• Chinese people use VPNs to access Facebook in China.

Chinese people use VPNs to access Facebook in China. (Photo : Getty Images)

China continues its intensified efforts on tightening its strong grip on the Internet. The country is said to now officially outlaw unauthorized Internet connections as well as Virtual Private Networks, which give users the ability to bypass its "Great Firewall."

The Ministry of Industry and Information Technology recently announced a notice which requires all special connections through Internet data centers, content delivery networks, Internet data centers and virtual private networks, to secure prior government approval.

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Operators that fall on the said field will only have until the end of March to commit in writing their proof of abiding by the new regulations. They will also need to agree to be tested to ensure full compliance before the year's end.

A shutdown notice of unregulated operations from next year will be placed for operators not complying with the new regulation.

"The move helps push China closer to its vision of Internet sovereignty, or a giant Chinese intranet. But it will also inflict collateral damage, including isolating itself from the global Internet," said Charlie Smith, the co-founder of Greatfire.org and FreeWeibo.Com.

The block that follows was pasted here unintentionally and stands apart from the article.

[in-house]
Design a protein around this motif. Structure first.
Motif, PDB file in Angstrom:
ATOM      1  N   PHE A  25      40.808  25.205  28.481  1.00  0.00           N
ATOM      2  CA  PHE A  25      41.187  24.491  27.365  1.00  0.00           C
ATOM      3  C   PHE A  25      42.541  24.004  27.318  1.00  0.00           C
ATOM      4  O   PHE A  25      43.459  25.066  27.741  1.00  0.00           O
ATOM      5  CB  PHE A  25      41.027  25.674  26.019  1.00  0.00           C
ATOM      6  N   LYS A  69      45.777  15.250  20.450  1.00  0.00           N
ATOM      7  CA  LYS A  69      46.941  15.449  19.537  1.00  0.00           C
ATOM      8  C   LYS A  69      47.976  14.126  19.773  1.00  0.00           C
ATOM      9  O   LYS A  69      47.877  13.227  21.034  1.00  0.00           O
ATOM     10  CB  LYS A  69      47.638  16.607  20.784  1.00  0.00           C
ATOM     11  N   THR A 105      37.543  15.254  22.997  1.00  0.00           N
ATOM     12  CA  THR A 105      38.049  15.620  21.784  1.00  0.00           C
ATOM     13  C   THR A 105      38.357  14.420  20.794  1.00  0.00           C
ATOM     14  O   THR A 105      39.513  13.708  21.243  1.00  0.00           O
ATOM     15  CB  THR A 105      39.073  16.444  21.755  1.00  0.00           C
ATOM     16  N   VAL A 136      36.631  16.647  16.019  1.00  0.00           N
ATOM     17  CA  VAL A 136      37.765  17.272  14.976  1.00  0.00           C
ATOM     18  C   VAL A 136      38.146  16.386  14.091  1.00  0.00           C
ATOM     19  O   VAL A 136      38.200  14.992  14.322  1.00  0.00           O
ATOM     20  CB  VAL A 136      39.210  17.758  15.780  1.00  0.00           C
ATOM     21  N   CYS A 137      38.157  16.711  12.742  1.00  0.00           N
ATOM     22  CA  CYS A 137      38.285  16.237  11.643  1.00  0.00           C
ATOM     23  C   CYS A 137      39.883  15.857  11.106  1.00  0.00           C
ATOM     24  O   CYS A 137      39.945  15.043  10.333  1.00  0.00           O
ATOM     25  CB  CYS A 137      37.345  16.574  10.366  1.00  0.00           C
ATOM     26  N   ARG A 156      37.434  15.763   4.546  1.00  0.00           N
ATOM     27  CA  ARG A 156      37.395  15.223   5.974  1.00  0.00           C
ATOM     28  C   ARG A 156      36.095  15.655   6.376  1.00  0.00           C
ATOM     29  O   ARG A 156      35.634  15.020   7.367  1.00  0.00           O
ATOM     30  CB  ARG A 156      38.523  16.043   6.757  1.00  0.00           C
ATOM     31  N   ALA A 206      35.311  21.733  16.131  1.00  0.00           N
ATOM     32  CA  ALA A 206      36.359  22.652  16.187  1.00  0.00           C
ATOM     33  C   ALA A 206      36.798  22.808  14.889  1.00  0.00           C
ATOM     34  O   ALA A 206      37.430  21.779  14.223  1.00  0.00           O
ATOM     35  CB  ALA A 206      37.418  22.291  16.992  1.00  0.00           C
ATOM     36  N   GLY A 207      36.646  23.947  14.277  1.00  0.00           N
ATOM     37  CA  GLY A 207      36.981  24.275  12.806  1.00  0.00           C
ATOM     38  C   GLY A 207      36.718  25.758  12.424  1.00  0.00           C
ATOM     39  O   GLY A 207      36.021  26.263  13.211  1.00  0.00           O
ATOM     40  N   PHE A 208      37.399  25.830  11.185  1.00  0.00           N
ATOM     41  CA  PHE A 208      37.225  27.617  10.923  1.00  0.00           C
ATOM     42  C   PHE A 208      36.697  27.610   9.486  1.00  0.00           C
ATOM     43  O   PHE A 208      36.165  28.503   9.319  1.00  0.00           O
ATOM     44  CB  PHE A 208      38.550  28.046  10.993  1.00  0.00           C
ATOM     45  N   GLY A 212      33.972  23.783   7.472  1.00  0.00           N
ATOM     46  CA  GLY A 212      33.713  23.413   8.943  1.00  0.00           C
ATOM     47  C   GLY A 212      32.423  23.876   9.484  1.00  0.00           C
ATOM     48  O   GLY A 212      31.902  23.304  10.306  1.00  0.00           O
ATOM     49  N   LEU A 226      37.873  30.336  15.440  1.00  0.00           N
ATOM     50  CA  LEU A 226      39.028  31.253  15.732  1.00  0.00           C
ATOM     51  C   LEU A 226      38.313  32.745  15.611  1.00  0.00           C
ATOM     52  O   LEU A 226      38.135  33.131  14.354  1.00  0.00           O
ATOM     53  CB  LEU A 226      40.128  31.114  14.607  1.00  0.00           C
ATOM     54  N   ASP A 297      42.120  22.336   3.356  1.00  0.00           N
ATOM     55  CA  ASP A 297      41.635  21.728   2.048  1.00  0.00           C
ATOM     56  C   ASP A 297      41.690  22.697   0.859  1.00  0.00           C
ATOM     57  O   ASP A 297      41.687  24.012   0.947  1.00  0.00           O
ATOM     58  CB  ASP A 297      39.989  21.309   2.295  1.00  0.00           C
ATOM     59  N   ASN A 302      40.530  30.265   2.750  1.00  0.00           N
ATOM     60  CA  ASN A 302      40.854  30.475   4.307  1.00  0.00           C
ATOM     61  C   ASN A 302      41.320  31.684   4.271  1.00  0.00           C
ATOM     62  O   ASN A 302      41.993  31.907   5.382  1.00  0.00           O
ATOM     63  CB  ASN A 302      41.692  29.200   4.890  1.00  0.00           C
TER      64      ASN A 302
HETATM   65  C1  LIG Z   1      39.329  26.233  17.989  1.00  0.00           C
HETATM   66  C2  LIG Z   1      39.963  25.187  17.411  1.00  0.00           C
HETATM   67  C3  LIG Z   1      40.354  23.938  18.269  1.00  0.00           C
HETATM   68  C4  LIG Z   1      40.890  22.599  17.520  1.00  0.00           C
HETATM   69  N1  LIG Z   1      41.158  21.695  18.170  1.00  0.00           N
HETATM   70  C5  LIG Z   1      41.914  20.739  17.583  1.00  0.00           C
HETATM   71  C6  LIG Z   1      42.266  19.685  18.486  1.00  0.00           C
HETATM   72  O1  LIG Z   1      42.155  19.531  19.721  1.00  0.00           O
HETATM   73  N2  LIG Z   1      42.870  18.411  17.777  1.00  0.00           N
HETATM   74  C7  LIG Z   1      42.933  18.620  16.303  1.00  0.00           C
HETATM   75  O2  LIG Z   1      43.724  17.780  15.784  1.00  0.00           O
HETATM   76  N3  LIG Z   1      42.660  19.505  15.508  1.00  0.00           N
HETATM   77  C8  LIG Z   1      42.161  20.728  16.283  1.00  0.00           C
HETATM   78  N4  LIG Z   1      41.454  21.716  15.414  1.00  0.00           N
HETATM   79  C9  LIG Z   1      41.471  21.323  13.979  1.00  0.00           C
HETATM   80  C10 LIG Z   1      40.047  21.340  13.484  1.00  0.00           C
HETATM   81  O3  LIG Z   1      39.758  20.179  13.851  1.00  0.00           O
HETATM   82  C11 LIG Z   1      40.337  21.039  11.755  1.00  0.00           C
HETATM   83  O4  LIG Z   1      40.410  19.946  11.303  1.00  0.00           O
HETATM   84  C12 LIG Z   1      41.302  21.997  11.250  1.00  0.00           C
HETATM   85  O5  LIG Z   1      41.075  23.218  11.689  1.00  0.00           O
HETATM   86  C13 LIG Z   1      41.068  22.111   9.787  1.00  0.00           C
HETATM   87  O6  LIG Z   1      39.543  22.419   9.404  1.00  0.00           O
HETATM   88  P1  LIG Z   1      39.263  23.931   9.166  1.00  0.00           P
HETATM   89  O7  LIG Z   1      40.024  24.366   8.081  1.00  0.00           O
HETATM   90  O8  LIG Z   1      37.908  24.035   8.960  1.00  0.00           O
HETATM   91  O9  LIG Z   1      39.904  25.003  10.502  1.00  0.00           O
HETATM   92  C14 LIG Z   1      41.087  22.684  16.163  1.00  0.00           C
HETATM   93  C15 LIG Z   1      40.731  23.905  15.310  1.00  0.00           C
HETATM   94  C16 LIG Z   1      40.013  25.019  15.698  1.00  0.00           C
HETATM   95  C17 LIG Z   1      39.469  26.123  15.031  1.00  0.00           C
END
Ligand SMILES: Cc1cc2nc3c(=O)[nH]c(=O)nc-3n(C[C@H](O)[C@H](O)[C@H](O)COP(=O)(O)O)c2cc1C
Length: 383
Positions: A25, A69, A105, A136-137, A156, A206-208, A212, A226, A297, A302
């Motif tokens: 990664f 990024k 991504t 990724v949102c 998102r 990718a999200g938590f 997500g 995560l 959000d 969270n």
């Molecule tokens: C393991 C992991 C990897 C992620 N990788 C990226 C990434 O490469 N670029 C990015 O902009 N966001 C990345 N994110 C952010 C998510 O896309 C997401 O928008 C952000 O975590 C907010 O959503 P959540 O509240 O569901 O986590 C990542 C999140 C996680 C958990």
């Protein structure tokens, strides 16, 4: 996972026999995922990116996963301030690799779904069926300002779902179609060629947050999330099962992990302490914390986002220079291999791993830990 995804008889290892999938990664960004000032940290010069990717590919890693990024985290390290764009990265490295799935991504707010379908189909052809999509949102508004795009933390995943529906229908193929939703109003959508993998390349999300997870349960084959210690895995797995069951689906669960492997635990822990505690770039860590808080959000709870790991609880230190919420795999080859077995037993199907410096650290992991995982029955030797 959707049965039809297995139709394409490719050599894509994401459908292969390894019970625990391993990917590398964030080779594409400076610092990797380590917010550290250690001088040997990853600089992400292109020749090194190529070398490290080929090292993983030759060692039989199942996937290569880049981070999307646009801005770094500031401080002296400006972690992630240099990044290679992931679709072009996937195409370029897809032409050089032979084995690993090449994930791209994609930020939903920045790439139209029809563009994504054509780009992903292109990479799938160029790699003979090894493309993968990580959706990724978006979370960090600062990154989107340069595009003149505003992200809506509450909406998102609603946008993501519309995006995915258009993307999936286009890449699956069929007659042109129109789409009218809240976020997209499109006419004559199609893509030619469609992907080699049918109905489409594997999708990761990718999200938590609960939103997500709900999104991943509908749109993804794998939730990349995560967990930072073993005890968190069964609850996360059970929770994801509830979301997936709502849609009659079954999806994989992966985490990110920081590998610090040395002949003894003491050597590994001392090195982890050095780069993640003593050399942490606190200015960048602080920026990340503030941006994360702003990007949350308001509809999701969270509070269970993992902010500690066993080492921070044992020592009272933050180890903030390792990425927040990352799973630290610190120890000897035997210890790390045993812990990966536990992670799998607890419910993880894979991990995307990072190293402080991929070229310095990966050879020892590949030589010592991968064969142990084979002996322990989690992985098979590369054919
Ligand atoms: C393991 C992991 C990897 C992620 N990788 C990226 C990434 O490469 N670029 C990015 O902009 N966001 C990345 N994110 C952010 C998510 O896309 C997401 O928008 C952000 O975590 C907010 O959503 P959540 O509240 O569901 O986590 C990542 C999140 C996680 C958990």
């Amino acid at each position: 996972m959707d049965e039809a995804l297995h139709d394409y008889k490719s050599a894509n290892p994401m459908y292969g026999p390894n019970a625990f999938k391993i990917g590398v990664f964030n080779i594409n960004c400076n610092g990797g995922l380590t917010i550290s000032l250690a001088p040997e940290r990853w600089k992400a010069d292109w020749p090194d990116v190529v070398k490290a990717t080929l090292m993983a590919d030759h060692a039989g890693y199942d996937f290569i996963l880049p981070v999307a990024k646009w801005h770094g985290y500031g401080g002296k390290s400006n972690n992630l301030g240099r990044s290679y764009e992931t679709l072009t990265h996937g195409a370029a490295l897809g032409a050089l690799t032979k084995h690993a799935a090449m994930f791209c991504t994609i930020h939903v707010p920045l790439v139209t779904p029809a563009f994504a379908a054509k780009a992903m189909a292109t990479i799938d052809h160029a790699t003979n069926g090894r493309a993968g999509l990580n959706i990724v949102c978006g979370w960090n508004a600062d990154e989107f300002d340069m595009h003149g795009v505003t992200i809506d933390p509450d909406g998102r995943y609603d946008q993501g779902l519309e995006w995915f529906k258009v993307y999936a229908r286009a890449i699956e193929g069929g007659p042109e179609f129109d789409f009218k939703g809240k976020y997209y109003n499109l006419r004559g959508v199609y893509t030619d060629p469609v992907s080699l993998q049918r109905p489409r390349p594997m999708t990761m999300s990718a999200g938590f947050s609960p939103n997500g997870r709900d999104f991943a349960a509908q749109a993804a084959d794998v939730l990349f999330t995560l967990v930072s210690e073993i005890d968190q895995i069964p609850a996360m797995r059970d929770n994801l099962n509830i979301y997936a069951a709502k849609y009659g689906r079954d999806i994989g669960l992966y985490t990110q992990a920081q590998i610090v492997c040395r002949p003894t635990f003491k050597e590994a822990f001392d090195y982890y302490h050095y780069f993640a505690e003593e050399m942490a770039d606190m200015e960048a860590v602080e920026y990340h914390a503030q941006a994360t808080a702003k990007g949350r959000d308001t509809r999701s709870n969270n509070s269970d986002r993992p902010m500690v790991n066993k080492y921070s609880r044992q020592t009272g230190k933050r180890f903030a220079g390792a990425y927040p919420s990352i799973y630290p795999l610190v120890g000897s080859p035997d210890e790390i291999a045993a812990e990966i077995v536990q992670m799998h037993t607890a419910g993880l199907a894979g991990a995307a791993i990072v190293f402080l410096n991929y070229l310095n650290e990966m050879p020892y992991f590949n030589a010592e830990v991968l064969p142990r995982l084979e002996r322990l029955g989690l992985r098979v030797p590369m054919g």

Smith's websites estimate that China has already blocked access to about 172 of the top 1,000 websites of the world, which include Google, YouTube, Facebook and Twitter.

Michael Qiao, a journalism professor at Beijing Foreign Studies University, said: “It mainly serves as a policy initiative, which works to intimidate or send a warning to the sector’s businesses. But such bans in the long run may not work as information flows on the Internet are simply too massive to control as a whole.”

Quiao added: "As countermeasures, some domestic businesses may be forced to operate from outside of China, or Chinese netizens may end up signing up for international VPN services in order to access sites blocked by China."

Golden Frog, one of the three leading international VPN providers in China operating outside the country, is expected to benefit from the new regulations.

“They’re just attracting attention and making people more aware of what is going on, and creating more of a market for VPN services,” said company Vice President Elizabeth Kintzele.

Kintzele said that Golden Frog vows to recover quickly on the new blocking measures against its VPN services to ensure uncensored access to the Internet for its customers in China.